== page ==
When I first heard a new Terminator game was on the horizon a few months ago, I was pretty excited. Despite being one of the most famous film franchises of all time, we’d gone without a new videogame for a decade (2009’s Terminator: Salvation) before this release. Despite taking quite a while to get around to, thanks in part to its quiet release and difficult to find physical copies (we weren’t even able to get a review copy), I’ve finally gotten the chance to sit down with Teyon’s Terminator: Resistance — and I’m so very happy I did.
Set in the original timeline (as in only The Terminator and T2 happened here), 31 years have passed since the nuclear fire claimed 3 billion human lives on August 29th, 1997. The world has ended, leaving only small pockets of humans to either scavenge for survival or join the resistance to fight the mechanical menace known as Skynet. We play as resistance soilder Jacob Rivers, the sole survivor of the Pacific Division, in a race to warn the LA branch of an oncoming threat — the Infiltrator. A mysterious and powerful new Terminator, it is designed to blend in perfectly with humans. It breathes, it sweats, it bleeds. Joined by a group of survivors just trying to keep their heads down, Jacob is thrust into what may be the most critical mission in the war against Skynet, and the survival of the human race.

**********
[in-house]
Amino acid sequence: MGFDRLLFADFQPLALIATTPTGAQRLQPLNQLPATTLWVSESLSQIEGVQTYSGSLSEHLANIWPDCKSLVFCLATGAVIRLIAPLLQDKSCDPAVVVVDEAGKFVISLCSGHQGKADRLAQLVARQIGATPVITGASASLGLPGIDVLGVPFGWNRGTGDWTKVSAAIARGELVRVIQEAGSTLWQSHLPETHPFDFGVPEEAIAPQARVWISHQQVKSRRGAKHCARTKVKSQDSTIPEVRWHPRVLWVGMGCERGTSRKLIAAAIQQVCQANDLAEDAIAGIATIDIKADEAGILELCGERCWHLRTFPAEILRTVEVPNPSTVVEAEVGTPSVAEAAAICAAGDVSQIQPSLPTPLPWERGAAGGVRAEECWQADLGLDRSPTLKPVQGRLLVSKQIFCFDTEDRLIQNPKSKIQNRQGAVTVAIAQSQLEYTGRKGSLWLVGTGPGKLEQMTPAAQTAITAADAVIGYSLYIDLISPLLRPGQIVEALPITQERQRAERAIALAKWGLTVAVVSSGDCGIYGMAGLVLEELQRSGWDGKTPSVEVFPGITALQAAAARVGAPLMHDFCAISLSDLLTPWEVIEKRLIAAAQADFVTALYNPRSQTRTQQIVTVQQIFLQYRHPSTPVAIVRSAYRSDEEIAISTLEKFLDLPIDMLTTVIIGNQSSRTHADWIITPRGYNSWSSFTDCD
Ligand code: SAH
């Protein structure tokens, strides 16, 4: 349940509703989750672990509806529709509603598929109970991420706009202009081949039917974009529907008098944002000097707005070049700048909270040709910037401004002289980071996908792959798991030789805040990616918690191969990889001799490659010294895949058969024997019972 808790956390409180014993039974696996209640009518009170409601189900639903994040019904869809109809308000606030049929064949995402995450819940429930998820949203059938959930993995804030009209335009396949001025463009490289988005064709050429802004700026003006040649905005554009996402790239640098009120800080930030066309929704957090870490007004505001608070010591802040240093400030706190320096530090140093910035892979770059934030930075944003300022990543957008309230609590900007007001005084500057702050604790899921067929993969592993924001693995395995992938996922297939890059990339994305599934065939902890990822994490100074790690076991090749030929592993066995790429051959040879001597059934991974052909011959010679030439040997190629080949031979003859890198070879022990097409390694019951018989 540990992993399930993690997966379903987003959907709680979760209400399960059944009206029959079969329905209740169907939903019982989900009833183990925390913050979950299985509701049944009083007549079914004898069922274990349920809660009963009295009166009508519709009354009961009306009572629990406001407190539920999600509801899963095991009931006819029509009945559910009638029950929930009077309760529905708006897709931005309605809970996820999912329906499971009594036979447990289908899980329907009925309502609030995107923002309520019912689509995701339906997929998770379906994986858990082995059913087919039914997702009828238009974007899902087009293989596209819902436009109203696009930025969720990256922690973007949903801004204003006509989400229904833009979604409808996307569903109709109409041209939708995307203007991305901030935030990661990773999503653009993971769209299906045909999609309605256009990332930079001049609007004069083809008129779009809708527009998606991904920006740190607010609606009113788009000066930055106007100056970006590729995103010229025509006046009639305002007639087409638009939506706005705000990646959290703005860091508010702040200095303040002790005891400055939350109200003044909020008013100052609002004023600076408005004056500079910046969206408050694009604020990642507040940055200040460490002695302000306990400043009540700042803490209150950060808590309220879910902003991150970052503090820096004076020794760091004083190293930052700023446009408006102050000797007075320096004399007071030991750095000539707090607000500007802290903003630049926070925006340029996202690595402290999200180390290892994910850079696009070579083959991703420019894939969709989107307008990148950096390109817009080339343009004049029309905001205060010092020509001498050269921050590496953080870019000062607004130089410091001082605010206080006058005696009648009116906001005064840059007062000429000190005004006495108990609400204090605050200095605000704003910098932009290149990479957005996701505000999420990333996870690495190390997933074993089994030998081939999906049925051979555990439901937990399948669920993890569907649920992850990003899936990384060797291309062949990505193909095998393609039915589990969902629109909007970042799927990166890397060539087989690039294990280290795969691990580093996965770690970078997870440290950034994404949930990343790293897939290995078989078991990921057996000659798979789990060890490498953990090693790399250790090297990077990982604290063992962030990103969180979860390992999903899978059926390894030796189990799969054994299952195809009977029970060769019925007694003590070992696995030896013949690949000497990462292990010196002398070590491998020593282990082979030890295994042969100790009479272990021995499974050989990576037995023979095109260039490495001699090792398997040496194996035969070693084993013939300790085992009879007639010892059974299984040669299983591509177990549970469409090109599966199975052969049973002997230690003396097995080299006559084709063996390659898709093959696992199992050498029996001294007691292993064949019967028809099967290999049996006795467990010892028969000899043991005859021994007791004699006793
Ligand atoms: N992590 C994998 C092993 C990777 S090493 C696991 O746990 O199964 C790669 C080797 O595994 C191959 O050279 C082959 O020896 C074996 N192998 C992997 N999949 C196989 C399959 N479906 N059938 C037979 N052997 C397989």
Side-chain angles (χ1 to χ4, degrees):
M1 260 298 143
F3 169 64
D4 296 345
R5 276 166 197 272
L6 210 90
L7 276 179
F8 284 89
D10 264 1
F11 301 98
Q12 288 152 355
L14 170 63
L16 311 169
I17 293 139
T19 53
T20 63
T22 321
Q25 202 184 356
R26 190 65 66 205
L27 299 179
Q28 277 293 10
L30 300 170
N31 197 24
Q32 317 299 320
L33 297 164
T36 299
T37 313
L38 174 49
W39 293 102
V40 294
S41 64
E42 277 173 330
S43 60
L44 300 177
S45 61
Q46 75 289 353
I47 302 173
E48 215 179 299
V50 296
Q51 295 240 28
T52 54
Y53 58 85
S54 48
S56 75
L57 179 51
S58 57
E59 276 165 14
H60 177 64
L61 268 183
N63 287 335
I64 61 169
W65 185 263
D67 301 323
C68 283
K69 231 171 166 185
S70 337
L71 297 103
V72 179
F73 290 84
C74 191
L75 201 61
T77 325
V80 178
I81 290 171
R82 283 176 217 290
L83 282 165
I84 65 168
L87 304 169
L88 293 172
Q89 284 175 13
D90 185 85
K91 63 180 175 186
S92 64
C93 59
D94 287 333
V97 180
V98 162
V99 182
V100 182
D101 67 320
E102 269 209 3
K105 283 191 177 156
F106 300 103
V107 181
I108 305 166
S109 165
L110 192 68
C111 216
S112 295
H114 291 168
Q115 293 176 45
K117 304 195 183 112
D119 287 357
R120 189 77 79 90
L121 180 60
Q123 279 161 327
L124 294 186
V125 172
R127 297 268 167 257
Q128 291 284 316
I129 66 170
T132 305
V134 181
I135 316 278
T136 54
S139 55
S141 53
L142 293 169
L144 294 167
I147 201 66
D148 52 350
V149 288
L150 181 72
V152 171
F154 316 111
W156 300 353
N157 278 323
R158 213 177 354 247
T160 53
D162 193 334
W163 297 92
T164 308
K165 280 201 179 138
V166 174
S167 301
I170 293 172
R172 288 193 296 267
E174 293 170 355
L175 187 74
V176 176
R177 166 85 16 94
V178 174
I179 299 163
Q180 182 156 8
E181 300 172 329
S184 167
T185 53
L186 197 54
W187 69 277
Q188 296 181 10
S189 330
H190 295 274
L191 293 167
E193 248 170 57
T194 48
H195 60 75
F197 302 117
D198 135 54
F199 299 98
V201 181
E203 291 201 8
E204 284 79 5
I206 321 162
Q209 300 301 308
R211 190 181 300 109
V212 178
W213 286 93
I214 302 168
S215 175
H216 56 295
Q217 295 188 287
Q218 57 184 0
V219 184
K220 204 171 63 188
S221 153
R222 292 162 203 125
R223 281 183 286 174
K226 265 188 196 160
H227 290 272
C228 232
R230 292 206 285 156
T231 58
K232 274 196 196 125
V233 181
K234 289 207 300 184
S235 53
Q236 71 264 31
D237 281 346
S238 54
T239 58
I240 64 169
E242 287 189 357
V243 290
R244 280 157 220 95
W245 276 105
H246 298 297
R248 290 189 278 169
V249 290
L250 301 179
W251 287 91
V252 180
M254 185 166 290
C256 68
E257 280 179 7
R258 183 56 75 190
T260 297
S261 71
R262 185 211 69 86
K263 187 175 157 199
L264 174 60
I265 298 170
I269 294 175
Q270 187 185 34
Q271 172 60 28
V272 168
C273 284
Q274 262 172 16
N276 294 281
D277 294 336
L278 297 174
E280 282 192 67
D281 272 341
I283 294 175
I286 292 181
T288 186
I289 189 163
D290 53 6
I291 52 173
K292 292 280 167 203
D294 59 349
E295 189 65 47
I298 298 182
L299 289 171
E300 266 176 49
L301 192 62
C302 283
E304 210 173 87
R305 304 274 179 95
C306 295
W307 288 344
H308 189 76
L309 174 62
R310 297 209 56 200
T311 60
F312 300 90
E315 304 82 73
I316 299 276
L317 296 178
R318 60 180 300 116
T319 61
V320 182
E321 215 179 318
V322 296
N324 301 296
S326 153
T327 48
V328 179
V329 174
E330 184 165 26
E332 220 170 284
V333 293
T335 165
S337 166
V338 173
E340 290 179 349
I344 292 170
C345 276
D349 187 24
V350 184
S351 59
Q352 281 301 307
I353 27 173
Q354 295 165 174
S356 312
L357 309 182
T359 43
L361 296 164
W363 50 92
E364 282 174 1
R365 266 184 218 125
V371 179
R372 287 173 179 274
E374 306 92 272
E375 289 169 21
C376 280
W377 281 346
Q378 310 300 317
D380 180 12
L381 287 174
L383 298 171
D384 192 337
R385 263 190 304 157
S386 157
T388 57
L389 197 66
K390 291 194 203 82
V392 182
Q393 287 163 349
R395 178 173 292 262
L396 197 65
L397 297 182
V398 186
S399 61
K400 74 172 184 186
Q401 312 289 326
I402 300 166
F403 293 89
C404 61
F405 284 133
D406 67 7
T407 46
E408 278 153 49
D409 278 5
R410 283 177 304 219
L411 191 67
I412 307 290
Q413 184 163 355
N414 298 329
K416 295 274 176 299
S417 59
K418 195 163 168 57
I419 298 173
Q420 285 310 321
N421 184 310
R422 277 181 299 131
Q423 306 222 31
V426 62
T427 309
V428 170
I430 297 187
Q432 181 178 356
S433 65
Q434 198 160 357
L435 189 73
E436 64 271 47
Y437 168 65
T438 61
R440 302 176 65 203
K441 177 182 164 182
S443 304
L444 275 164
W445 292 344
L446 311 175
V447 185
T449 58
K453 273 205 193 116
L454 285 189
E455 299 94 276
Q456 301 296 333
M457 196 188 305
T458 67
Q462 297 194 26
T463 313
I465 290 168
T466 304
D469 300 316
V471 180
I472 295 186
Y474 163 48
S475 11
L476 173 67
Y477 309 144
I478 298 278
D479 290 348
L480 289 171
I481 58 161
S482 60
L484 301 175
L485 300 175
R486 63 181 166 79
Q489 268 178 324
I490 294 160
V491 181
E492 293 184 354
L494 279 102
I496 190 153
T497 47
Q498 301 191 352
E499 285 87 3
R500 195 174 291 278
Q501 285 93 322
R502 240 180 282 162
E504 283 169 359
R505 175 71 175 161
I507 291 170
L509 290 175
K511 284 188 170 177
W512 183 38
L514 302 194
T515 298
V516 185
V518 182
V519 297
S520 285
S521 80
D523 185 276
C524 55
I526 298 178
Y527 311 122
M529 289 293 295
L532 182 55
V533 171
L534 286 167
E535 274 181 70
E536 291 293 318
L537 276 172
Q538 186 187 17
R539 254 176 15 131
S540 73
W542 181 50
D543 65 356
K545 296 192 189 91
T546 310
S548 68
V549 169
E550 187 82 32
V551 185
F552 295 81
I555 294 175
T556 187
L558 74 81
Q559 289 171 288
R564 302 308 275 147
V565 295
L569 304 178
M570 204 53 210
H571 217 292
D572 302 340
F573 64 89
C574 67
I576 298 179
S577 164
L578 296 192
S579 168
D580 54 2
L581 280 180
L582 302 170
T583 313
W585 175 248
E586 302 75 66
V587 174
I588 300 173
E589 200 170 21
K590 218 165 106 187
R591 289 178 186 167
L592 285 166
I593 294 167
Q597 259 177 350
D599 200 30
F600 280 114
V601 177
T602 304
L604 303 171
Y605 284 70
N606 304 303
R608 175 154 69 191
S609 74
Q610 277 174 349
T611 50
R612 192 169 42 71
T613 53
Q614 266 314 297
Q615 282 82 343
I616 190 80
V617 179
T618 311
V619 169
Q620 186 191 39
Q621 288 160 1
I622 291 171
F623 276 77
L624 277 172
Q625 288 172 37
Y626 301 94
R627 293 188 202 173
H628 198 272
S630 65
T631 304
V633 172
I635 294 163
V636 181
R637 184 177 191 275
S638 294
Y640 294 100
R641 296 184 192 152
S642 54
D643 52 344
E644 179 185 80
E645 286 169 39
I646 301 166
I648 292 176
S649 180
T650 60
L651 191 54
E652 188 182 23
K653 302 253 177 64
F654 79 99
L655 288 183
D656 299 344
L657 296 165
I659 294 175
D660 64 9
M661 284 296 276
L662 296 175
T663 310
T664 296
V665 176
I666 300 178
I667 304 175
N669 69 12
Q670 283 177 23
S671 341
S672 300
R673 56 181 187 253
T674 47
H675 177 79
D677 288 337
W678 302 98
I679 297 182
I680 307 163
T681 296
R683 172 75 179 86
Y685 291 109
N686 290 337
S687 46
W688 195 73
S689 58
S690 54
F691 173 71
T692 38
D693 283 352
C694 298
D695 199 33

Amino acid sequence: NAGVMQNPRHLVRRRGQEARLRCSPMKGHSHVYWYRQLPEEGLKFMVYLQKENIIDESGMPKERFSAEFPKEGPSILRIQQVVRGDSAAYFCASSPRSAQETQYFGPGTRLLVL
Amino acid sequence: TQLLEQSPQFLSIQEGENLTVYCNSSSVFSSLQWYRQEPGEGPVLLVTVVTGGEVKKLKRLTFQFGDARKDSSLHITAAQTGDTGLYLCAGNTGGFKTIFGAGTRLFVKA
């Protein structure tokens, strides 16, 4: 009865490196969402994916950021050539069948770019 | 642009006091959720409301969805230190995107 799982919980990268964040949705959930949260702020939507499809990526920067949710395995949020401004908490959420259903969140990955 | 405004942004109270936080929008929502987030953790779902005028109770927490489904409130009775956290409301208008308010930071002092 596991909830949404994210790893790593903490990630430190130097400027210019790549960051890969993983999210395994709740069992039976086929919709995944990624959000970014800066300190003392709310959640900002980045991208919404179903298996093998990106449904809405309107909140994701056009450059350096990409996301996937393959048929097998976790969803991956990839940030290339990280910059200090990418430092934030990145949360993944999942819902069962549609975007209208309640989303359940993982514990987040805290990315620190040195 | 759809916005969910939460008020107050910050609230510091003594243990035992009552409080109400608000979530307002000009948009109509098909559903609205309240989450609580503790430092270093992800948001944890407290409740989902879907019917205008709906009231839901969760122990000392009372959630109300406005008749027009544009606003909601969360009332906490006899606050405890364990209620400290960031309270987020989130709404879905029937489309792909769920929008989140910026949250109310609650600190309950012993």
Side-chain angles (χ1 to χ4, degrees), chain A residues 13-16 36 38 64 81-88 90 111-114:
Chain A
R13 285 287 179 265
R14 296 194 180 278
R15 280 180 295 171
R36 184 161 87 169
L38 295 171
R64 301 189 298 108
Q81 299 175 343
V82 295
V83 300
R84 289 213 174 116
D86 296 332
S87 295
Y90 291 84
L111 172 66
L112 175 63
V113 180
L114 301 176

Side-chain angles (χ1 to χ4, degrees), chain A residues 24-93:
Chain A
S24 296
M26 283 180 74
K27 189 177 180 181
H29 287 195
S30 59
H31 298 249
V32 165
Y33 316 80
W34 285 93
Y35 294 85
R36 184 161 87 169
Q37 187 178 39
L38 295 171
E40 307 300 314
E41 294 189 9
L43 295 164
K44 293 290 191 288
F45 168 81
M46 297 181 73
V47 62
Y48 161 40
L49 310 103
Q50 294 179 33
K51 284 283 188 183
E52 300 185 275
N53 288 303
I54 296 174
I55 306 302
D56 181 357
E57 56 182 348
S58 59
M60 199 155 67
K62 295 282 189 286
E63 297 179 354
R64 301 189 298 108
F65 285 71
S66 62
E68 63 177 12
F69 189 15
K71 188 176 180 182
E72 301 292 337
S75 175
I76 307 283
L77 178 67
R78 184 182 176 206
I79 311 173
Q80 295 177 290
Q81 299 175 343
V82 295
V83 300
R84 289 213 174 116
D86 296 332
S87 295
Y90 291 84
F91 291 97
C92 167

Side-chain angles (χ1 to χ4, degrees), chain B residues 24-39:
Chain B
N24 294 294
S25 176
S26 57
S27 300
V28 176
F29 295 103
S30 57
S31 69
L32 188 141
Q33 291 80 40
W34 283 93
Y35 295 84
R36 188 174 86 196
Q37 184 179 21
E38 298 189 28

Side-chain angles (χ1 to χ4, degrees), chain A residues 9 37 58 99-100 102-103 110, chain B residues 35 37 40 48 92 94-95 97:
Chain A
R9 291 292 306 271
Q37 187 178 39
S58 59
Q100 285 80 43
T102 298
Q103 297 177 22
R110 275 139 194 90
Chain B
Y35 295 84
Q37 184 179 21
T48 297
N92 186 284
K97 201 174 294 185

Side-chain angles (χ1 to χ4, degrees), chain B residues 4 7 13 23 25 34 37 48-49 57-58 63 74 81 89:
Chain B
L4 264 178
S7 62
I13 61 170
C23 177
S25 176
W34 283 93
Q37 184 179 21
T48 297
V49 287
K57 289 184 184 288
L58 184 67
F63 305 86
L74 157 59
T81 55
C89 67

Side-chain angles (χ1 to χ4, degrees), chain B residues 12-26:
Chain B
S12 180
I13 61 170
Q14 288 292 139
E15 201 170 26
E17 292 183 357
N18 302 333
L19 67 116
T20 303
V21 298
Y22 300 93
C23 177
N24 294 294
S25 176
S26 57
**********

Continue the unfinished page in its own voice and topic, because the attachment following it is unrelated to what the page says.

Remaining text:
Right off the bat, I was floored by the level of dedication Teyon had in capturing the look and feel of the original Future War, as depicted in the original two films. Picture-perfect, Alien: Isolation-level attention to detail to costuming, environments, sound and the way those short sequences felt. The blaze of an HK Aerial’s spotlights, the twang of 40-watt pulse-rifles slicing through the air, the haze of navy and grey that hangs over the landscape; this game nails it. You even visit a few recognizable areas from both the Future War and “modern-day” (1991), which is pretty awesome as a fan. It’s hard to make the post-apocalypse feel novel anymore, and while it may be entirely thanks to the art team behind the films, it’s hard to shrug away how engrossing it feels. Of course, this is describing the world at night, there are also daytime segments that sadly had nothing to work with in this regard (the Future War was only ever depicted at night in the first two films), but the developers do their best with what they’ve got. All this isn’t to say that they didn’t take any inspiration from the other films, as design influences from Terminator: Genesys and even Universal Studios’ T2:3D – Battle Across Time show up here.